For the past year, St. John’s has undergone an overhaul of its food services. Students in the past have complained about food quality, and Sodexho has tweaked certain aspects of the food system to please students’ pallets. Now if they could only pass health inspections.
According to health inspection reports conducted in the beginning of February, three major eating areas at St. John’s failed to pass their inspection by a noticeable margin. The point of failure for health inspections is 28 violation points. The city’s average is 13 violation points. Montgoris, Marillac, and the St. Augustine Library cafe all received over 30 violation points, which is unacceptable.
Some of the instances listed on the reports, which can be found at the New York City Department of Health and Mental Hygiene Web site, www.nyc.gov, can be seen as minor transgressions as a result of improper paperwork or incidents such as inadequate lighting.
Others, like unsatisfactory maintenance of food surfaces, can potentially endanger the health of students who dine on campus.
The new library facility obtained 35 violation points. Some of the points were for violations such as food held at improper temperatures, food protection certificate not held by the supervisor of the facility, and a “Wash hands” sign not posted at hand-wash facilities. There was also a violation that stated, “Personal cleanliness inadequate. Clean outer garments, effective hair restraint not worn.”
The results of these reports should not be tolerated by the individuals who eat their meals at St. John’s. As a prominent university, all the facilities should be in top form.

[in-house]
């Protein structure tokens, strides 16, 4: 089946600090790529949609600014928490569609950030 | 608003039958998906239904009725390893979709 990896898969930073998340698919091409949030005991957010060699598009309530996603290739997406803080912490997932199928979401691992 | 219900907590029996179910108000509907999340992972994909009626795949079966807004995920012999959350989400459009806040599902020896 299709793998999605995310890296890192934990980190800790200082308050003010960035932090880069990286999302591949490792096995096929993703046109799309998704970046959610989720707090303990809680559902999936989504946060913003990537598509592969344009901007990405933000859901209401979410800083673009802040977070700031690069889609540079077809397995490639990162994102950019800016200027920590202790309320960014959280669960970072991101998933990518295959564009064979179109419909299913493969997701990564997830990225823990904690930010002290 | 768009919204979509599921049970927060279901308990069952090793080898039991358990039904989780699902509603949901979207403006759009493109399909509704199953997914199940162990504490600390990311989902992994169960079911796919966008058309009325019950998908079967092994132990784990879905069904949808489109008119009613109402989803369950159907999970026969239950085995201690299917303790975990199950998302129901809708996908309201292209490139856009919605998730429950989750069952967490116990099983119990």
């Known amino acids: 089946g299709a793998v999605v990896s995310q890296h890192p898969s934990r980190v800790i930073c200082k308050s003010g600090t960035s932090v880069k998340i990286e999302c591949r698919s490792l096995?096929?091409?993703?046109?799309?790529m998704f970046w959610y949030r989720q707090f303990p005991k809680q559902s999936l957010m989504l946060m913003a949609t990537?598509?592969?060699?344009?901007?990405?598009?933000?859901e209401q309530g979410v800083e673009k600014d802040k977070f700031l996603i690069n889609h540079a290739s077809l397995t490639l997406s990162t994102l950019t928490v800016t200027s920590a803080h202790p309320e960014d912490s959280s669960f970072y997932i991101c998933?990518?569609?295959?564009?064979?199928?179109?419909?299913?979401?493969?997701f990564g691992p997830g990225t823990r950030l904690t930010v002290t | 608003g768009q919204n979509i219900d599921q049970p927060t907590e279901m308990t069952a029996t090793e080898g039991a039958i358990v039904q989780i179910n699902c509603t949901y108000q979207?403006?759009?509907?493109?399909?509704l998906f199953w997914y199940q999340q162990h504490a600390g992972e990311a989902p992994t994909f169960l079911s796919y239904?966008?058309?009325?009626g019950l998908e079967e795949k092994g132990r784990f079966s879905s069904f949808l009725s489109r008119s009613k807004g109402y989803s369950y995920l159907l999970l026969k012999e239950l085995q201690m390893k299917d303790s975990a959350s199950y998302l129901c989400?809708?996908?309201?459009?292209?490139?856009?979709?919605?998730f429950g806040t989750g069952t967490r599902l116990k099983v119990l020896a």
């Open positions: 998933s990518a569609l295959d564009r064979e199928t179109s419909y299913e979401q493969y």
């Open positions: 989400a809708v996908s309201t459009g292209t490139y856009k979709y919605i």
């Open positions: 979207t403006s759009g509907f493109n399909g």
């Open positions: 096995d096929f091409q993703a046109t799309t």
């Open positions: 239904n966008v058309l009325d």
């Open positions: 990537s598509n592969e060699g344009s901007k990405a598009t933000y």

Sodexho made it a point to place posters in the dining facilities that discuss how they have improved the dining experience at St. John’s. It is essentially their responsibility to make sure that their workspace is up to par with health standards so that the health of their consumers and their reputation is upheld. They should have made it a point to pass the inspections before highlighting their accomplishments.
It is possible for a large university to have the ability to have minimal offenses. If there is any proof of that at St. John’s, take the University Center Cafe, which received only six violation points. It is up to the individuals responsible for the facilities to make it a priority to correct the infractions immediately.
The goal should not be to merely pass the inspections but to limit the amount of violations as much as possible. It is time for the dining facilities to clean up their act so students can feel safe. The main concern of students should be their performance in the academic setting, not the complications they could face from the next bite of their chicken wrap.